Converged Storage needs in the IT market only continue to grow as they are driven by expanding video, mobility and cloud applications. To that point, the adoption of iSCSI SANs, with their inherent IP and Ethernet foundation, are beginning to take off.
Historically, IP and Ethernet economics led to widespread adoption in Enterprise LAN’s (token ring, anyone?) and telephony (PBX). For storage, iSCSI SANs are already a popular choice for mid-Enterprise Data Centers. And today, new technology advancements and product availability are fostering the next growth spurt. Let’s look at why …
- Bandwidth. The year where 10G Ethernet takes off is now. Servers are being integrated with 10G Ethernet LAN on Motherboard (LOM). With 10G Top-of-Rack provide 40G uplinks into End-of-Row switches, iSCSI gets to take advantage of the fastest networking speeds, so think of ever faster downloads and instant rich media transactions.
- Quality of Service (QoS). Ethernet is a shared medium. Large deployments across the globe already leverage Ethernet for Data and Voice LAN convergence, for inter-server connections, and as converged medium for storage traffic using NAS and iSCSI technologies. These converged networks have taken advantage of the Ethernet and IP QoS settings to assign higher priorities for demanding applications, e.g., for telephony and storage. Ethernet enhancements are now being added to support a “zero loss” network more common in traditional Fibre Channel SANs. New standards evolution through IEEE’s Data Center Bridging (DCB) Task Group and early interoperability testing promise strong adoption of these new “lossless Ethernet” capabilities.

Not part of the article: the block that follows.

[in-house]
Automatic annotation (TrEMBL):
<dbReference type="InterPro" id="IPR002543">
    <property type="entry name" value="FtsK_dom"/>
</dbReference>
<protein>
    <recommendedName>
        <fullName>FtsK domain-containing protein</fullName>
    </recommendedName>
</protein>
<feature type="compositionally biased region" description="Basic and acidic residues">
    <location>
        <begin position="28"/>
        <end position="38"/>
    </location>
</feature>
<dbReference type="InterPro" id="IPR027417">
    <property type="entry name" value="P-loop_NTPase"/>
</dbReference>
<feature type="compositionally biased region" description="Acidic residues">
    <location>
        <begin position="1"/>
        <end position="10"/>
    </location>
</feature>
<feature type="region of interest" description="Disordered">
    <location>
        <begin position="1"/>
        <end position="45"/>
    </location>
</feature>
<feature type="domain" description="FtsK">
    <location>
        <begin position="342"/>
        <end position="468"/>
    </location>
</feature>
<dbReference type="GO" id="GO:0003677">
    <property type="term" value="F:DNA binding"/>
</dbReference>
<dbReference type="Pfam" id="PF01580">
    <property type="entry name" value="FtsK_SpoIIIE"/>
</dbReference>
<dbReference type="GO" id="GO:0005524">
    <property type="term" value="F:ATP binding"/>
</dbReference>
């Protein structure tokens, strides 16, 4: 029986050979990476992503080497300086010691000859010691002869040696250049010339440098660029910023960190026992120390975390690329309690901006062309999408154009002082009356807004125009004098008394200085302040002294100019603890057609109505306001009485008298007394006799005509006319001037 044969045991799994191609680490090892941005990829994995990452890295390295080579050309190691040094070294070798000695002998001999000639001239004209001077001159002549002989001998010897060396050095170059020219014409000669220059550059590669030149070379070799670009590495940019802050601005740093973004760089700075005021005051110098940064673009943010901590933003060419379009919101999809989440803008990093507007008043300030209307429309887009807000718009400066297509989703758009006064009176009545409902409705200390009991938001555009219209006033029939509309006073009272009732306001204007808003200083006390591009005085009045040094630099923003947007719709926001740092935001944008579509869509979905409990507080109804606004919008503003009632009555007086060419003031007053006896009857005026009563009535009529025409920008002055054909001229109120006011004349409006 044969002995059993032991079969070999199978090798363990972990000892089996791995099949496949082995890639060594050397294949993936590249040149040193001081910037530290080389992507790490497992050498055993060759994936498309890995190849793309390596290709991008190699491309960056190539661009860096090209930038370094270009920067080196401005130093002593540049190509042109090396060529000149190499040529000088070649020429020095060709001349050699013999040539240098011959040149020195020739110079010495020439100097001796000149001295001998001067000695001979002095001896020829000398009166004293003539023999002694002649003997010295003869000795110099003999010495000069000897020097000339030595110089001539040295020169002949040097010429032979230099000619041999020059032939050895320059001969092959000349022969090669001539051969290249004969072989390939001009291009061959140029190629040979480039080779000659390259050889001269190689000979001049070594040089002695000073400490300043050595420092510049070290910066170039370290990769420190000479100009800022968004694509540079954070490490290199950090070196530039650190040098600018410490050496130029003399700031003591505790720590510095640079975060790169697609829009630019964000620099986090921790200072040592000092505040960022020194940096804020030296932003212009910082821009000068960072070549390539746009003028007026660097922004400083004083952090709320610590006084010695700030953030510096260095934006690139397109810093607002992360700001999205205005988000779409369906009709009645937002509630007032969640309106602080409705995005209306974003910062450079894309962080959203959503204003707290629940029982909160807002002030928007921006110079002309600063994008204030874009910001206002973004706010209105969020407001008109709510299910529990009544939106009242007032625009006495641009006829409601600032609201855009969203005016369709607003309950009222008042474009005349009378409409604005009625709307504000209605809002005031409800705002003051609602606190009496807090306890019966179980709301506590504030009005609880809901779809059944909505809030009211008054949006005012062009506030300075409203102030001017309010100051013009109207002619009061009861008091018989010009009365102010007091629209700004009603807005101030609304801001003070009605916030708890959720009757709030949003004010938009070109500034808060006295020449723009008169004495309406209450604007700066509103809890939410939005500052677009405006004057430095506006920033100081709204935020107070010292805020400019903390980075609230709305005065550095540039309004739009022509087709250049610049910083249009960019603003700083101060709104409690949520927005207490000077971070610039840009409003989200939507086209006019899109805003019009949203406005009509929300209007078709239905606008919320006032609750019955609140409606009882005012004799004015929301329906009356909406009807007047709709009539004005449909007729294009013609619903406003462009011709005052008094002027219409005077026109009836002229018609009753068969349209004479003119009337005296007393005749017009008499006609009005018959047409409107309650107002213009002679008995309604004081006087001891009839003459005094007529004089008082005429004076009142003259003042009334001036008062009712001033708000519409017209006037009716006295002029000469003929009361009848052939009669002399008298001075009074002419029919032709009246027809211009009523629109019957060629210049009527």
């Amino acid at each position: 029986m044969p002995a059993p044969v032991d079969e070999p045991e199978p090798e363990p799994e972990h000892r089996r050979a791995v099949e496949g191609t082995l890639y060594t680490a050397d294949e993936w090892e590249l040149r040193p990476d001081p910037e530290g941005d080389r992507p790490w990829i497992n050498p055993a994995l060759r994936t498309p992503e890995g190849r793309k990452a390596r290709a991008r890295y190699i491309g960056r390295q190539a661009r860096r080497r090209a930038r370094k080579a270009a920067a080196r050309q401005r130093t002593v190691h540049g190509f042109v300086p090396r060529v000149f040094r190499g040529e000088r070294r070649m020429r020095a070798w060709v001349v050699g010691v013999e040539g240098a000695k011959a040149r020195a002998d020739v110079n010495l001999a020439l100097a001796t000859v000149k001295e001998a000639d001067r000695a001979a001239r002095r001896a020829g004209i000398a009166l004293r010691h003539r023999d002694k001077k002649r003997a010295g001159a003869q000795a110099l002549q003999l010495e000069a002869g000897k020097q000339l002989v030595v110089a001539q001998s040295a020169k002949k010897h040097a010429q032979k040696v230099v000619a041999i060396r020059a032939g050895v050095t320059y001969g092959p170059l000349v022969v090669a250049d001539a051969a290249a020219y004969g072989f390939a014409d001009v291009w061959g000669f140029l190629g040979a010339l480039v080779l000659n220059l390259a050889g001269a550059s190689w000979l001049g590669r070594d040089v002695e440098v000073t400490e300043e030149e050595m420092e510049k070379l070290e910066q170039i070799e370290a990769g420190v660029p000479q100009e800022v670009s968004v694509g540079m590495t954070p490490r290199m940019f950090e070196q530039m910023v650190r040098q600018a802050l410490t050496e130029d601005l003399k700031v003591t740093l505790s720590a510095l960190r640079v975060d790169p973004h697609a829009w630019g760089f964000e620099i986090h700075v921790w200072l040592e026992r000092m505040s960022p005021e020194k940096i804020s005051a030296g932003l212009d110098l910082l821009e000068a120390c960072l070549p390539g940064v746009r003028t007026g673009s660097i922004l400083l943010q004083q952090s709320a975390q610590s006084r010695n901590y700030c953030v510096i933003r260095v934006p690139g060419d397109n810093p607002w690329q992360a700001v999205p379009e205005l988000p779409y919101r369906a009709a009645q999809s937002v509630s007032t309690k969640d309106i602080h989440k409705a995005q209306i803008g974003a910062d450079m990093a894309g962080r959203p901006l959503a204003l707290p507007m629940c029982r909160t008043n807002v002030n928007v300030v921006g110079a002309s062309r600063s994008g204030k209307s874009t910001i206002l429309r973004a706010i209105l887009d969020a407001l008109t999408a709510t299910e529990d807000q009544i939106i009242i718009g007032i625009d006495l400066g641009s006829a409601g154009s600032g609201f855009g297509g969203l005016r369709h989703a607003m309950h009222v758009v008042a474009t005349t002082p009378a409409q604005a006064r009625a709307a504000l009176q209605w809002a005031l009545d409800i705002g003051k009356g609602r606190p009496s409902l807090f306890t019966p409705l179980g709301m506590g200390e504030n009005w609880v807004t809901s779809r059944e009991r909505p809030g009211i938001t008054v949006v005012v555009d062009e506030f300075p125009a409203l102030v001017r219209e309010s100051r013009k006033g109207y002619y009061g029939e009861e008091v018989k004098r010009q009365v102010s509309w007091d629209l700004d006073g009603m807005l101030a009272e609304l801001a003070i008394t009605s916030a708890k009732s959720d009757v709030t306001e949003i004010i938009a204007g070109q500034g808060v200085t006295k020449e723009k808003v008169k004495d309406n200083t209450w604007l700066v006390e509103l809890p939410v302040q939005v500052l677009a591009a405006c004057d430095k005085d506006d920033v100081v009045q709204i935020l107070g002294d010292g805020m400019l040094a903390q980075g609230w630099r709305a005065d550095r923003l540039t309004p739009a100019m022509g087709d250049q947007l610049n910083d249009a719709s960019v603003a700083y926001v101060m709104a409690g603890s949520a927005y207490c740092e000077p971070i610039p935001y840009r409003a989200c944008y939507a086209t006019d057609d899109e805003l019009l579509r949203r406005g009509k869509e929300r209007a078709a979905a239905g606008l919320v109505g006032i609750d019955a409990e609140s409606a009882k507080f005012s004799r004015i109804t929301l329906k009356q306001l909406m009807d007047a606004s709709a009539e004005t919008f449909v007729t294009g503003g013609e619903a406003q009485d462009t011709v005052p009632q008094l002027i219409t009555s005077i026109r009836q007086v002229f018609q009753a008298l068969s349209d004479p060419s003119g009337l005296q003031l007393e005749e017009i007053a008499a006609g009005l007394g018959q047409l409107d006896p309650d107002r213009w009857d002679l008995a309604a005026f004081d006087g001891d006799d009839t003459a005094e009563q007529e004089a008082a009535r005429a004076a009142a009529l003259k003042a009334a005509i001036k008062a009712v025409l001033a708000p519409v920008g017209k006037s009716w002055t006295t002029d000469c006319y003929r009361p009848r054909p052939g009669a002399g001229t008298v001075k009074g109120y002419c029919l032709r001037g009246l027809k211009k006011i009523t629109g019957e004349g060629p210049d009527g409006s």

- Cost-effective. Standards drive interoperability, acceptance, choice, volume and in the end lower costs for customers for the latest technologies. Rapid standardization and adoption has been inherent to Ethernet from early on, and are driving richer iSCSI adoption.
- Scale. Based on IP, iSCSI leverages IP-based management and security capabilities required for high-performance SAN’s. This white paper is a good read, of an example using IP based polices to automatically identify and protect iSCSI from non-iSCSI traffic on the network.